Question: Is there a person or people group in your neighborhood that you are afraid of? Who is on the “edge” of your neighborhood? Who is the stranger- young people, the elderly, the physically impaired, ethnic minorities, refugees, single parents, divorcees, gay and trans persons? To whom could you extend hospitality by inviting over for dinner or taking out for coffee or beer? Write at least 1 H on the map that identifies the person/s to whom you desire to show hospitality.
So neither the one who plants nor the one who waters is anything, but only God, who makes things grow. 8 The one who plants and the one who waters have one purpose, and they will each be rewarded according to their own labor. For we are co-workers in God’s service; you are God’s field, God’s building.
-1 Corinthians 3.7-9
Early on in my journey of planting a neighborhood church I heard that another group of people was moving to the area to plant a church. My first impulse was fear, jealousy and confusion, but soon the Spirit pointed out to me that the fact that another church was being planted in the area did not mean competition, but confirmation. It was if God was saying, “You’ve heard my call to this place correctly. I’m doing something here. That’s precisely why I’m growing two churches in one place!” This was an invitation to collaboration.
Collaboration is what Paul is getting at when he uses the term “co-workers.” When we pursue the renewal of all things, we both join in God’s work and join together with others. We aren’t just starters; we are joiners. The Greek word is “sunergoi,” like synergy, which is “the interaction or cooperation of two or more organizations, substances, or other agents to produce a combined effect greater than the sum of their separate effects.” Over the years, our synergy with other churches, nonprofits and community groups has enabled “us” to do far more than our small neighborhood church could have done on our own. God works miracles when individuals and communities collaborate!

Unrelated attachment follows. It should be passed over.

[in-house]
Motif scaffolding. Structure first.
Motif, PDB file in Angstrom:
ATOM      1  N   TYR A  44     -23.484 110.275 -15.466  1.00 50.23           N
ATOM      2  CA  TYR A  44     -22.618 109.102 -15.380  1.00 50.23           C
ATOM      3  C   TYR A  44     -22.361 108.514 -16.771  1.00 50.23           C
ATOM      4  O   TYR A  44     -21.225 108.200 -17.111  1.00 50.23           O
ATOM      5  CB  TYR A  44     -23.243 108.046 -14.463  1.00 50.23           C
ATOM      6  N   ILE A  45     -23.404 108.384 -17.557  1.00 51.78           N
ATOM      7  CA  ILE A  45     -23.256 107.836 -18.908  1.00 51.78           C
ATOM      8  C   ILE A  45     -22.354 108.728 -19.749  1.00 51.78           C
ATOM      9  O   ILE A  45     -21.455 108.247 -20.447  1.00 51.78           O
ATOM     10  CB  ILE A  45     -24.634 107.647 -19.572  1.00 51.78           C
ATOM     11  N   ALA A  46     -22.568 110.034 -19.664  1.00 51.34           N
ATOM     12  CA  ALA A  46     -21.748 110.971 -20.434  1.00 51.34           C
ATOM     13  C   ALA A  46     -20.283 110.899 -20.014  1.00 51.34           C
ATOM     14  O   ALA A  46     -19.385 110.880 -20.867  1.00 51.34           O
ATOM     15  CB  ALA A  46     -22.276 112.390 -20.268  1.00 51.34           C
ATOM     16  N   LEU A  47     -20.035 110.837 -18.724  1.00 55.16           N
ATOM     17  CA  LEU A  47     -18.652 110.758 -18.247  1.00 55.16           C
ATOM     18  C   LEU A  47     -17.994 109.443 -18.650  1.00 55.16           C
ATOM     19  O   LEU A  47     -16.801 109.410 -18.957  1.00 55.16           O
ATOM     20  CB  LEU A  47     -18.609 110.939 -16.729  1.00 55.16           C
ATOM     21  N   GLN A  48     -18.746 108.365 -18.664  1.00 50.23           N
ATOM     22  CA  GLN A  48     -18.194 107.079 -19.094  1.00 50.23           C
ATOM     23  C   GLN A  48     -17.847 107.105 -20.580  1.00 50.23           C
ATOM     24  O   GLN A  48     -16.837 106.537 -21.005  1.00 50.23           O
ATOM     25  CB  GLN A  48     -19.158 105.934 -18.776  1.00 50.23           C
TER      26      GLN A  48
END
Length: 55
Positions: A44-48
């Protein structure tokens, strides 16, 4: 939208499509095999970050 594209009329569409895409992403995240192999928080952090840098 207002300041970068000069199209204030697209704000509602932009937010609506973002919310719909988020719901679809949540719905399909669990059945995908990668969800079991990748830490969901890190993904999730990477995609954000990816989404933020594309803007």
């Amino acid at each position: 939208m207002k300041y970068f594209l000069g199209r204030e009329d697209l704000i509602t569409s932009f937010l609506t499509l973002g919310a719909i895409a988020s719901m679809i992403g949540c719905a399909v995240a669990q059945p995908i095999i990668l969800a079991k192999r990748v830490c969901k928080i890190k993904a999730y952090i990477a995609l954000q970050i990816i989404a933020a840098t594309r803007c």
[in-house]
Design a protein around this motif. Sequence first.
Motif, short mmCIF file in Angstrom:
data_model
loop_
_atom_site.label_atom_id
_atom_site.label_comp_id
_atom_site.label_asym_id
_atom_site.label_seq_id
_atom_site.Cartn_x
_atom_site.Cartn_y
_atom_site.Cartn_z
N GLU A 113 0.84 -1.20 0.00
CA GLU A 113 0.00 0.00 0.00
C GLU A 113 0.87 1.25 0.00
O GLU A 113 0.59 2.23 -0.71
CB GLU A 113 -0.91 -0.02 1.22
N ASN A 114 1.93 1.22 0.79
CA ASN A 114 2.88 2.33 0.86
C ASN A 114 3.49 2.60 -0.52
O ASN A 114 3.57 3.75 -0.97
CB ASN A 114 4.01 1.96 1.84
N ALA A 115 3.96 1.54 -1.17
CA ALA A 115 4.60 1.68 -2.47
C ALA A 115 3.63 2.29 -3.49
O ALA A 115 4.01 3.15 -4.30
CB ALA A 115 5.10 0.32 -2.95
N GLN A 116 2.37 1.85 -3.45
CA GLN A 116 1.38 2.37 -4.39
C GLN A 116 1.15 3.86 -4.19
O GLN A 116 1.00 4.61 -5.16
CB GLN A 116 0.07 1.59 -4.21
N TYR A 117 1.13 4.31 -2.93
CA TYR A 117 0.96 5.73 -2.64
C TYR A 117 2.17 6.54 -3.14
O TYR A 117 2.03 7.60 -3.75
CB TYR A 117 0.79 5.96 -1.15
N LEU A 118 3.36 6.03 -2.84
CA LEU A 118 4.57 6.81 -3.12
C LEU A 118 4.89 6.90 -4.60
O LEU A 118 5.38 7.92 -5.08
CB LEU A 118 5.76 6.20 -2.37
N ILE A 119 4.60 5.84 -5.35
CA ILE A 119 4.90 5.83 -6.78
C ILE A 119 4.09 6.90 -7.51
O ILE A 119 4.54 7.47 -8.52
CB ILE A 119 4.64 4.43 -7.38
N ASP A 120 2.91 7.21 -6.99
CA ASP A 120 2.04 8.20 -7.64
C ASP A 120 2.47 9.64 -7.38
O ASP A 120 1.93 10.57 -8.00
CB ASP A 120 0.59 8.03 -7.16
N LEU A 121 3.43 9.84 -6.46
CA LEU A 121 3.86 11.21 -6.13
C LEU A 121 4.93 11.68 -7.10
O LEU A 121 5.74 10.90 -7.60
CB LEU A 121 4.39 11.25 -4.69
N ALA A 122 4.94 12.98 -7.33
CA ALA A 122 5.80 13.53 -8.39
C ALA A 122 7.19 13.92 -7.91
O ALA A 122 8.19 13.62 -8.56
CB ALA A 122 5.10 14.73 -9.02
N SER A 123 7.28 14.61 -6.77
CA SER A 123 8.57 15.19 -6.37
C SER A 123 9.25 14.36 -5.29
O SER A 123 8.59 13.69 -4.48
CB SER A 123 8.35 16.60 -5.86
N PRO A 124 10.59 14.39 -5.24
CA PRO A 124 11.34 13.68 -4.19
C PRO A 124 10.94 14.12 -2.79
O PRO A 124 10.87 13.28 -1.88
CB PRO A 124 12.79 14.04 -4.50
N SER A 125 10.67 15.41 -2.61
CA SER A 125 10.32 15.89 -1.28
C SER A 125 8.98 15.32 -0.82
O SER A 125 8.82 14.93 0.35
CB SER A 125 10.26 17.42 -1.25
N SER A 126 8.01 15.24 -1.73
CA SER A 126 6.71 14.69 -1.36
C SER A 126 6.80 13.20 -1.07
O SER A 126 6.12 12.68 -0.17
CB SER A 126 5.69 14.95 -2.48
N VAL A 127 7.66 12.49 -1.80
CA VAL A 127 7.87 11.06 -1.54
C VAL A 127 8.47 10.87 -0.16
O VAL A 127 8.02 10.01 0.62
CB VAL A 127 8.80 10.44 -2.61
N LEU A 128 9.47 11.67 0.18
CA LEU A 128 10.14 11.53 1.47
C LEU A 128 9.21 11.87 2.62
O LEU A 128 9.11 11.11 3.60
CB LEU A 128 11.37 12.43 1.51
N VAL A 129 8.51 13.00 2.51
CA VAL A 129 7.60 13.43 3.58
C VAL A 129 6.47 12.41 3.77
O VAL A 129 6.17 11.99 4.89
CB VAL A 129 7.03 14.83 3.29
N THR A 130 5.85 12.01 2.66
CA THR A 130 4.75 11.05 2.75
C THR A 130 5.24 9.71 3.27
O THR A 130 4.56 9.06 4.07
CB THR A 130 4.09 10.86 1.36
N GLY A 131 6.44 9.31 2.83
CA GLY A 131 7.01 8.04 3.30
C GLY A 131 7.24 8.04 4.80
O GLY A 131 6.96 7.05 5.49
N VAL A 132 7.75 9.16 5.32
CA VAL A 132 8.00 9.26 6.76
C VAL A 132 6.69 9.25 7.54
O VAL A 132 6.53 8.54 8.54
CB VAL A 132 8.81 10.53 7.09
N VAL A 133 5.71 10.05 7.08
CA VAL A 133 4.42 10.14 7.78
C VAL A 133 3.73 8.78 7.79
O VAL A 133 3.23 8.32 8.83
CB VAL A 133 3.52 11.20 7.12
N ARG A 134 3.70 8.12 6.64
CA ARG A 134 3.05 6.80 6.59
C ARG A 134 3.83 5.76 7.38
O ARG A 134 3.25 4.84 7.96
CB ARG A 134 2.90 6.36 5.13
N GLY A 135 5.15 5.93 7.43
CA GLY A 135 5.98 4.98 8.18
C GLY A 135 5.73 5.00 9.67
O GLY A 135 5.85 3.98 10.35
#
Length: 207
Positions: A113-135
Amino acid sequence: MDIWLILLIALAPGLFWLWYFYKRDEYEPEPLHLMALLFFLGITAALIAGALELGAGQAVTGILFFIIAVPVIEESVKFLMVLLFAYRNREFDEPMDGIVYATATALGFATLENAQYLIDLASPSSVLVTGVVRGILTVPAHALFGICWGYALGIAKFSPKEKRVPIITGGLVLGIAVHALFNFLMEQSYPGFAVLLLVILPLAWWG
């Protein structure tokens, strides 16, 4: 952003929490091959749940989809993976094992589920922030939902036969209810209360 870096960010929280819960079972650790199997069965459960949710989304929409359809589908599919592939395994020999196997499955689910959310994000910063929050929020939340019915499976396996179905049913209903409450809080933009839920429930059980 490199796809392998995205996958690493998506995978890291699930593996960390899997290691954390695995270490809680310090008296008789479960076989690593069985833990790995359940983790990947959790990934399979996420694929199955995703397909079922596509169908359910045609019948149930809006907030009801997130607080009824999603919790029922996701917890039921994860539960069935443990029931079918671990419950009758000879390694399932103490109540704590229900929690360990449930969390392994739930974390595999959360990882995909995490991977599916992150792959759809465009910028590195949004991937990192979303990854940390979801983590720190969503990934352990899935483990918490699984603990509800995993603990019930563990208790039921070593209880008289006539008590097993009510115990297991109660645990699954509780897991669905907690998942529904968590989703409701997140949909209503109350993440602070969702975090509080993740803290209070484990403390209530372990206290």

Question: What is one group or organization with whom you or your church could explore collaboration? As an individual, what is one activity or initiative in your neighborhood that you could join? Place a C on your map to identify this opportunity to build towards collaboration.
Now Moses was tending the flock of Jethro his father-in-law, the priest of Midian, and he led the flock to the far side of the wilderness and came to Horeb, the mountain of God. There the angel of the Lord appeared to him in flames of fire from within a bush. Moses saw that though the bush was on fire it did not burn up. So Moses thought, “I will go over and see this strange sight—why the bush does not burn up.”
When the Lord saw that he had gone over to look, God called to him from within the bush, “Moses! Moses!”
And Moses said, “Here I am.”
“Do not come any closer,” God said. “Take off your sandals, for the place where you are standing is holy ground.” Then he said, “I am the God of your father, the God of Abraham, the God of Isaac and the God of Jacob.”
One of the most dangerous aspects of the distorted missional practices that have so often been the focus for the church is that we end up thinking we bring God into a place. When we do this, we fail to see the ways that God’s grace and truth, God's faithfulness and glory, have already been on full display. In other words, we fail to realize that the ground we’re standing on – the place we live, work and play – is holy! The practices of presence, listening, hospitality and collaboration, however, leave us gentle and responsive to the fullness of the presence of God in the holy ground of our neighborhoods, towns and suburbs.
Also published on Medium.